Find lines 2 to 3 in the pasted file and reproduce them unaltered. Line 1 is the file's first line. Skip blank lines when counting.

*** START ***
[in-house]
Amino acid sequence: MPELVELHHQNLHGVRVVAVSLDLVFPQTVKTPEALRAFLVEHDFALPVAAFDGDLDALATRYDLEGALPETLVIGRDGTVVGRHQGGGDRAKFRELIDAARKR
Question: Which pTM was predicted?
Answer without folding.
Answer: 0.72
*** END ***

Amino acid sequence: MPELVELHHQNLHGVRVVAVSLDLVFPQTVKTPEALRAFLVEHDFALPVAAFDGDLDALATRYDLEGALPETLVIGRDGTVVGRHQGGGDRAKFRELIDAARKR
Question: Which pTM was predicted?